It's that time of the year again when film lovers suddenly become inundated with choice - the International Film Festival is upon us, and it's looking like a doozy.
1. A hoot of a horror
A small launch event for the festival's programme was held on Tuesday night this week in Auckland, and attendees were given the option of viewing one of three films: Canadian actor-turned-director Sarah Polley's personal documentary Stories We Tell; Laotian/Australian crowd-pleaser The Rocket and Adam Wingard's buzzy horror You're Next.
Inclined as I am towards this sort of thing, I chose to view You're Next, and it was a huge amount of fun. As last year's film festival screening of The Cabin In The Woods demonstrated, seeing a well-made horror film with a bunch of enthusiastic fans can be an almost transcendent experience, and You're Next is just the kind of button-pusher that would work in this environment.
Writer Simon Barrett and director Wingard broke out with 2010's cult horror hit A Horrible Way To Die, and went on to contribute to horror anthologies V/H/S and The ABCs of Death.
You're Next is their feature-length follow-up to A Horrible Way To Die, and it shows a couple of filmmakers with a confident grasp of their abilities. Former Home and Away star Sharni Vinson (Bait) stars in the film, in which a family holiday get together turns murderous. There's some lighter moments to provide relief from the intensity, but they never undermine the film's nasty edge.
Barrett and Wingard are also involved in V/H/S 2, the horror anthology sequel screening in Ant Timpson's Incredibly Strange section of the film festival along with You're Next.
2. A Kiwi classic back on the big screen
Widely regarded as one of the best New Zealand films ever made, Geoff Murphy's 1983 historical drama Utu is heading back to cinemas for this year's festival, and having only seen it on videotape, I can't wait to behold it on the big screen.
Along with original director of photography Graeme Cowley, Murphy has re-edited the film to create a new director's cut which is being screened under the title Utu Redux.
Seeing this in The Civic is gonna be amazing.
3. Ben Wheatley once again messes with our heads
Director Ben Wheatley disturbed Kiwi film audiences at the 2011 festival with his dazzling thriller Kill List . Then last year, we were gifted black comedy Sightseers, which proved a lighter, but no less disturbing, experience.
For his third film festival in a row, Wheatley is offering up another film that defies any sort of conventional description. Titled A Field In England, the (apparently) black and white film follows some deserters from the English Civil War (1642 - 1651) who encounter an alchemist (Wheatley good-luck charm Michael Smiley) and end up ingesting a whole bunch of psychedelics.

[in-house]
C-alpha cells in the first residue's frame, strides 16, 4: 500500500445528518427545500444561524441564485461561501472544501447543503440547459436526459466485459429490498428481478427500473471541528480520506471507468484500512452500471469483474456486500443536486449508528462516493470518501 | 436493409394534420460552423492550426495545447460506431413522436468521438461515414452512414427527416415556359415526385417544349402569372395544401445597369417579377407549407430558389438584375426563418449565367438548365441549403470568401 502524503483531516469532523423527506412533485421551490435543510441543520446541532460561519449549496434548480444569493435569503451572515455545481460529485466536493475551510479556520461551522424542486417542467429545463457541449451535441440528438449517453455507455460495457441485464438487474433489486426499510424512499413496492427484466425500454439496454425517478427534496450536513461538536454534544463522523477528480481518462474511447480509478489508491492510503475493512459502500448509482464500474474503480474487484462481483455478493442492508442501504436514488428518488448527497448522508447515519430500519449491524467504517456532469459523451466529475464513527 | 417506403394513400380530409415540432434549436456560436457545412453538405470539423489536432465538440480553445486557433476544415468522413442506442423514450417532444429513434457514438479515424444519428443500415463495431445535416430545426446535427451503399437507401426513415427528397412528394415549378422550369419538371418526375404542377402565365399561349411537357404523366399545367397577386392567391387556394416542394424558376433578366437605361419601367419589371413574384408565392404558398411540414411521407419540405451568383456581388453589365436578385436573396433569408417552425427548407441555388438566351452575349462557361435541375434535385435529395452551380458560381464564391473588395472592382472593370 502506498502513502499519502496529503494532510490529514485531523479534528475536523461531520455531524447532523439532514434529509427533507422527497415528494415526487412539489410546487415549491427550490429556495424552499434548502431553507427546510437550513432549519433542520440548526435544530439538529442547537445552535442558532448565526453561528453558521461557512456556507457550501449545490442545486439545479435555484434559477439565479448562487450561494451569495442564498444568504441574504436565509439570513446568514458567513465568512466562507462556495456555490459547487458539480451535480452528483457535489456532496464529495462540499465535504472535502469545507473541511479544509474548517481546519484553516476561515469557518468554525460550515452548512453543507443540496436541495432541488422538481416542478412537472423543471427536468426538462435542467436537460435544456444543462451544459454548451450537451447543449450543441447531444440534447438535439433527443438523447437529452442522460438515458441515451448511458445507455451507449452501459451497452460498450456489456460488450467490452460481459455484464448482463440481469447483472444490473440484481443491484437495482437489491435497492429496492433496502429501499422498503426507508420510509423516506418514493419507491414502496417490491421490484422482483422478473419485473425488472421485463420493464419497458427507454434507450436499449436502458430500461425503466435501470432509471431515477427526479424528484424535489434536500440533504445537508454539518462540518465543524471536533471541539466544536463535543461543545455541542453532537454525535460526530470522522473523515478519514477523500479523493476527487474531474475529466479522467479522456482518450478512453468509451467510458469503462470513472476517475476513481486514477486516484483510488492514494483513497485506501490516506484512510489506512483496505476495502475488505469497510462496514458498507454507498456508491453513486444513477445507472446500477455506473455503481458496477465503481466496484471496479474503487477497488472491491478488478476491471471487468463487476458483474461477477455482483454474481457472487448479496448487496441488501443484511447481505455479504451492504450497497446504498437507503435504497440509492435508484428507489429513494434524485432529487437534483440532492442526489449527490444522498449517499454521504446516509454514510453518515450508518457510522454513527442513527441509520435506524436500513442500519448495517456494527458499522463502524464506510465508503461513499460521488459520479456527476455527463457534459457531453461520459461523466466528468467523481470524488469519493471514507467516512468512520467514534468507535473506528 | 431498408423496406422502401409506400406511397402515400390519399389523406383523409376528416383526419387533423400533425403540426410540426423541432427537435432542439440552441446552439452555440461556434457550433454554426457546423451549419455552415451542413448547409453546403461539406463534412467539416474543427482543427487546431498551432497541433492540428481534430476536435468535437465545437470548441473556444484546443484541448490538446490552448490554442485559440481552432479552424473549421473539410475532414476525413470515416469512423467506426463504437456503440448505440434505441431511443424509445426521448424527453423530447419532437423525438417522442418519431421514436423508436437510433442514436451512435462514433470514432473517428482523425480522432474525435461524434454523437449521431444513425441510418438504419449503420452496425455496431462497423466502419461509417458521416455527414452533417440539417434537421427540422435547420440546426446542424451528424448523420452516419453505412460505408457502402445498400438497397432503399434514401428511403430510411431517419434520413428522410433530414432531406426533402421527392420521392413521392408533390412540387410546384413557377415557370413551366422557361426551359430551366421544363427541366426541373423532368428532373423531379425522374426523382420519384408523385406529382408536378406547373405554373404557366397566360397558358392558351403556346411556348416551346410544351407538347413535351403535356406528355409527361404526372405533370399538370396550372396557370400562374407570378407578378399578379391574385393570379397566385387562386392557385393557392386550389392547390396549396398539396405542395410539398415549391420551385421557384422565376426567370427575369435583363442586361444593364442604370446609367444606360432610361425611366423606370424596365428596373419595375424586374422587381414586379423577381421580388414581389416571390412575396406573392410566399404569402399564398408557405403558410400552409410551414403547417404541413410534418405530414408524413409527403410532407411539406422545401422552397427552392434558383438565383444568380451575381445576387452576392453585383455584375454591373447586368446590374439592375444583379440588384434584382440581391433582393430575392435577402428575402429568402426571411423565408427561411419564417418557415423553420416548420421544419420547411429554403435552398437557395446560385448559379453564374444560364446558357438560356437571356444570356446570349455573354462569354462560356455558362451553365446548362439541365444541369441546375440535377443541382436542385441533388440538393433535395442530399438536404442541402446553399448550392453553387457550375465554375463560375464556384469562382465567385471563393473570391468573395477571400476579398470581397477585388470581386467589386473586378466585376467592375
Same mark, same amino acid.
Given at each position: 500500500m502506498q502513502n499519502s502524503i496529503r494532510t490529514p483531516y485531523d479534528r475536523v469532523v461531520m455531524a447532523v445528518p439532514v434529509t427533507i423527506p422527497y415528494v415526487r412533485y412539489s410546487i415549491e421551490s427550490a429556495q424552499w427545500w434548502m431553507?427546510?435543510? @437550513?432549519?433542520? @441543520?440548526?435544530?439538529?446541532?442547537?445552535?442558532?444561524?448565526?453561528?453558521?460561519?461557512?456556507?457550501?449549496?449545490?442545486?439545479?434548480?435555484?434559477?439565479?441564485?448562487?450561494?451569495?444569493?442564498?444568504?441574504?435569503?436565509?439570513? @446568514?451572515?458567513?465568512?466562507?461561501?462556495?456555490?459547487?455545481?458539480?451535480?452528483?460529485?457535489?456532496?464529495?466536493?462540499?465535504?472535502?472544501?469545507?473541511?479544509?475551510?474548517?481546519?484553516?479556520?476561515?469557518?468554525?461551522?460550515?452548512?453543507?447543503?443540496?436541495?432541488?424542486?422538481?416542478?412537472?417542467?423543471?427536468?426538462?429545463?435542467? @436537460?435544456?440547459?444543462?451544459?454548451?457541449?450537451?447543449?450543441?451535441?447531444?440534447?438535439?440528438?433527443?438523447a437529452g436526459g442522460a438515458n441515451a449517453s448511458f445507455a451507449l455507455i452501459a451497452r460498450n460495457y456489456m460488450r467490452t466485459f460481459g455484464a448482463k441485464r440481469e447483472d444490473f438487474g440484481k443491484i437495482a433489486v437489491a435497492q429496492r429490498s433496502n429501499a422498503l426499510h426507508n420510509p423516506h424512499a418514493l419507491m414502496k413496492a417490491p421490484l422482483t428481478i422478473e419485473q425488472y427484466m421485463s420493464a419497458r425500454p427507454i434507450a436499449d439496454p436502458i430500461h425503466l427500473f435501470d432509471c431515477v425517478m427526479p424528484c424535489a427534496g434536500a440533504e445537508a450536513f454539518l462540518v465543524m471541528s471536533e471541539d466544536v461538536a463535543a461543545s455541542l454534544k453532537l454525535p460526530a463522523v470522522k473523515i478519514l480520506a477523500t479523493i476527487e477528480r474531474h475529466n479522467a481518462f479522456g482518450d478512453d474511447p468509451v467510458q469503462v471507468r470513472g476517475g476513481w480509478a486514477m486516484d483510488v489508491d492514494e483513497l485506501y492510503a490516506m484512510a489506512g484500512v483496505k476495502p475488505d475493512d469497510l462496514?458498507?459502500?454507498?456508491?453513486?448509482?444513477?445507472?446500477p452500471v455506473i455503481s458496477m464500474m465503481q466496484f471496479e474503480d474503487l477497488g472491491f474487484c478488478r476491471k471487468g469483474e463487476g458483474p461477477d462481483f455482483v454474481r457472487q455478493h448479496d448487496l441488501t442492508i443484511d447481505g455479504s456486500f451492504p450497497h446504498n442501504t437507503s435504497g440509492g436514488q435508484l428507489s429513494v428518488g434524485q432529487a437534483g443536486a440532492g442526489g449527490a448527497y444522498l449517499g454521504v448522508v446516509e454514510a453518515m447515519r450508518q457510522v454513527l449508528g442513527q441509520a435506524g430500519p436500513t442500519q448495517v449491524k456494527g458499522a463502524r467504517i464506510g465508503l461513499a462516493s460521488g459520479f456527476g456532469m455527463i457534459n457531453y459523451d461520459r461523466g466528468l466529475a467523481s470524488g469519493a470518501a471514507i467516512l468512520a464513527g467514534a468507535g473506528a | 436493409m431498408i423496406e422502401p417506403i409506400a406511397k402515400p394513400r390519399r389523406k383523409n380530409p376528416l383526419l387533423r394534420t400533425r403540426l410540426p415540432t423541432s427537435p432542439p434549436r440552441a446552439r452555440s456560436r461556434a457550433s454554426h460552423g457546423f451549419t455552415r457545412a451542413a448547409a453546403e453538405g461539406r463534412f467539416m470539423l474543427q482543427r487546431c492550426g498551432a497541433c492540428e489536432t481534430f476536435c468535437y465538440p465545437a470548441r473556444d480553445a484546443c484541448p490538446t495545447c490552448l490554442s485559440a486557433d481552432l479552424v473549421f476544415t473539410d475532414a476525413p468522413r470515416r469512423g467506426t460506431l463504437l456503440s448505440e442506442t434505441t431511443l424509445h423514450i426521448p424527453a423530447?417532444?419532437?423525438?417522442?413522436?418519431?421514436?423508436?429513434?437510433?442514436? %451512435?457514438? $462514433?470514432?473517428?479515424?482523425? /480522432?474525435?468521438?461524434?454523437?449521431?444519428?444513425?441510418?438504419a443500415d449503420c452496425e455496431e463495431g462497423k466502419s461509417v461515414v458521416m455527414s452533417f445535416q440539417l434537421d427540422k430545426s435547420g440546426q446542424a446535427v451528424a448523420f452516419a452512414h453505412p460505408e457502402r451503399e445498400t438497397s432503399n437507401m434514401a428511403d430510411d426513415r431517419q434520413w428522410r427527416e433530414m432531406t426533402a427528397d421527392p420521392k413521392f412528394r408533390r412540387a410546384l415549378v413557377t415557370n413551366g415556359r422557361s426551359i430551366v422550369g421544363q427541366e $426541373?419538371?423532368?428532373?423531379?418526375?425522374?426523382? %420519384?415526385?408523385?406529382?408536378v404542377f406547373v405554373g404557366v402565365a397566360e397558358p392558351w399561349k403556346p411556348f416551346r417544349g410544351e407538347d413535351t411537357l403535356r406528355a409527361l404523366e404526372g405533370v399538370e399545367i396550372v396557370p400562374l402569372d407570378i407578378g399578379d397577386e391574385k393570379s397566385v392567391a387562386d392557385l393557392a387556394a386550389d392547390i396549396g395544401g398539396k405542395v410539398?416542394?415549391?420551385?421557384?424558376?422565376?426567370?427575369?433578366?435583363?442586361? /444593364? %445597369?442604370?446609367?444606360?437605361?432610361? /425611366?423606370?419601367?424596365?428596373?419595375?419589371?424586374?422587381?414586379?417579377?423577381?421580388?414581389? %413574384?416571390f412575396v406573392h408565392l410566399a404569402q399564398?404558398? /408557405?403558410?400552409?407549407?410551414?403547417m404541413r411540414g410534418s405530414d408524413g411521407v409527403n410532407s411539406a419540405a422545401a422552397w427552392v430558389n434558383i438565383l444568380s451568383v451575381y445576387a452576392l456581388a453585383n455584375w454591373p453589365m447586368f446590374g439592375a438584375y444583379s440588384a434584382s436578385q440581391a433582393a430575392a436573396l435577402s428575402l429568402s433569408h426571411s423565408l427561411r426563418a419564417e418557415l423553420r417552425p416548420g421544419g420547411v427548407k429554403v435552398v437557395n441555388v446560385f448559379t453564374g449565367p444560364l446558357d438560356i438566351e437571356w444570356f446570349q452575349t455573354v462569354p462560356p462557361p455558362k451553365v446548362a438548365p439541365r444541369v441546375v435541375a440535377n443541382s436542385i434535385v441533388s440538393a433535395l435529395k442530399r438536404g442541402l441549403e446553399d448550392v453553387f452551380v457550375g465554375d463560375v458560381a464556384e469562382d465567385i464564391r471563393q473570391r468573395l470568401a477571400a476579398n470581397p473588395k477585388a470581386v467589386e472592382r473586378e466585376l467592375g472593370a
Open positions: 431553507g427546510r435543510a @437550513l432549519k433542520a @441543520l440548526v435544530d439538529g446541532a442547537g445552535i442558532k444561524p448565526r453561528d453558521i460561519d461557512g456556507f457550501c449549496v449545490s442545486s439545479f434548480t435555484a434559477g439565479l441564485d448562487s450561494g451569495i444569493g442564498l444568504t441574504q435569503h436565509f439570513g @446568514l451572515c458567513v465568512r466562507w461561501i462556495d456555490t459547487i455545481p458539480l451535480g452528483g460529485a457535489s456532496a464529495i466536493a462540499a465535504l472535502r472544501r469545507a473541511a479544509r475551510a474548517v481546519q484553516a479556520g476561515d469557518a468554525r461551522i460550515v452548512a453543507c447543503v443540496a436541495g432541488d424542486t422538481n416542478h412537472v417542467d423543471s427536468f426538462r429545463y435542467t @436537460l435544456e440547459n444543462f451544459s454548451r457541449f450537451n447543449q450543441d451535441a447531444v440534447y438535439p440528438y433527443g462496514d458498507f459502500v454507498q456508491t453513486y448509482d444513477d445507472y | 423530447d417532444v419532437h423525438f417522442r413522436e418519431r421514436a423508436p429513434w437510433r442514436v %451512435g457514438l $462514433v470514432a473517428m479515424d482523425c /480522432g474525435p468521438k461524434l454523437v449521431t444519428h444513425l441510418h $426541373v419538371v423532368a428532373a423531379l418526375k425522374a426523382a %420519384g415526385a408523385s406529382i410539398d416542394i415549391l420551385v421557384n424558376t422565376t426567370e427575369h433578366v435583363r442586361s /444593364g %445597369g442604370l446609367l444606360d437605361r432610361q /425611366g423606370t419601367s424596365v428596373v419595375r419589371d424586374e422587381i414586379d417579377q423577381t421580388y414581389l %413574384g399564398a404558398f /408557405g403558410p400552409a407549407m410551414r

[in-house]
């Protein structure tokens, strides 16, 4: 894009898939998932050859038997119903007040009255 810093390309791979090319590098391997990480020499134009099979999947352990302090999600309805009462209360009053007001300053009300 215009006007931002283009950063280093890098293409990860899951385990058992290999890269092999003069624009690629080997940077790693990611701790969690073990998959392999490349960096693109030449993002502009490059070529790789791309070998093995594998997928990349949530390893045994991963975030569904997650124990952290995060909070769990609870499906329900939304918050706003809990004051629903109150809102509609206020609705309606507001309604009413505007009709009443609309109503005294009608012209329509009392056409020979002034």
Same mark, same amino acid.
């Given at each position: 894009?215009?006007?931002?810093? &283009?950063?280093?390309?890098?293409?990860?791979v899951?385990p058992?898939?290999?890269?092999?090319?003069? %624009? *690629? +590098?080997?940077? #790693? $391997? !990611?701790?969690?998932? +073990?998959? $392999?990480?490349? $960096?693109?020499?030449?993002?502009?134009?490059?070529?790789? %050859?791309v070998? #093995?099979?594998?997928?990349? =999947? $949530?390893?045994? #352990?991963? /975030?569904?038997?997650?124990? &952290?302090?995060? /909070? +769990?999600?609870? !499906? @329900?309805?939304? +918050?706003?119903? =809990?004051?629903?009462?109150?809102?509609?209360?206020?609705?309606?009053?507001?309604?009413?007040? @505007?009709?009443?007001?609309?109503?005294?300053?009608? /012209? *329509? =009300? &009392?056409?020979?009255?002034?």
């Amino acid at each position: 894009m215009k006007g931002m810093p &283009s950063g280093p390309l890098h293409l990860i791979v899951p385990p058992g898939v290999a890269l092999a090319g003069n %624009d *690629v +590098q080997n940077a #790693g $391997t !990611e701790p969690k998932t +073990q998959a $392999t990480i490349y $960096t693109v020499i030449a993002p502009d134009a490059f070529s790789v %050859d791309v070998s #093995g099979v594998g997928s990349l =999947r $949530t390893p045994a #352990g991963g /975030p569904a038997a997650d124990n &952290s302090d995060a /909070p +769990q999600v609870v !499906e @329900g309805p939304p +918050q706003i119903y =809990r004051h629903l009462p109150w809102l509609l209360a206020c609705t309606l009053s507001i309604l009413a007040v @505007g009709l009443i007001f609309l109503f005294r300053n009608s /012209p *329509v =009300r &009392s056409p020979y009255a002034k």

It's difficult at this point for me to imagine quite what form the finished film will take, which only makes me more intrigued. In a cinematic landscape drowning in predictability, Wheatley films can be relied upon to offer that rarest of pleasures - a delectable sense having no idea what could happen next.
4. A comedic exploration of the limits of human dignity
I haven't heard a huge amount about the new black comedy Cheap Thrills, but what I do know makes me very excited.
Indie cinema stalwart Pat Healy (The Innkeepers; the voice on the phone in Compliance) stars as a financially strapped man who finds himself doing humiliating things for money along with a fellow "have-not" played by former child star Ethan Embry (Can't Hardly Wait; TV's Once Upon a Time). Kind of like that classic 'prank monkey' episode of The Simpsons.
Driving this behaviour is a couple of "haves", played by David Koechner and Healy's Innkeepers co-star Sara Paxton. The set-up is delicious, but I glad this isn't a studio film. The indie pedigree means the filmmakers can go further with the dark humour, and I am looking forward to seeing where they draw the line, and if they step over it.
5. Hitchcock classics as they were meant to be seen
I've always loved the historical offerings at the film festival, and few directors' films continue to play as well as those from the master himself, Alfred Hitchcock.
I often recommend 1959's North By Northwest as an entry point into Hitchcock's ouvre - it's one of the most commercial films he ever made, and can easily be regarded as the Die Hard or Bourne Identity of its day - propulsive popcorn entertainment of the highest order.
It's the ultimate "wrong man" story as Cary Grant plays an (particularly dapper) everyman who finds himself on the run from various factions after he is mistaken for a fictional secret agent. The crop-dusting scene is iconic movie lore and the Mt. Rushmore finale remains a masterclass in vertiginous action. I must've scene this film a dozen times, but I'll definitely watch it again playing out in the glorious Civic.
Baz Luhrmann said it was the 3D re-issue of 1954's Dial M For Murder that inspired him to make The Great Gatsby in 3D, so we'll get a chance to see what he means when the film plays this year with the extra dimension.
The Grace Kelly/Ray Milland thriller is often accused of being a touch stagey (it was based on a play), and it inspired a turgid remake in the form of 1998's A Perfect Murder; but I love the original's slowly tightening tension so skillfully doled out by Hitchcock. Seeing this classic is 3D is gonna be awesome.
These are but a mere sampling of the dozens of exciting offerings at this year's film festival - I'll be previewing further notable films in the build-up to the event in this space. The programme is now available everywhere - check it out!
* Amped for this year's film festival? What are you most looking forward to seeing? Comment Below!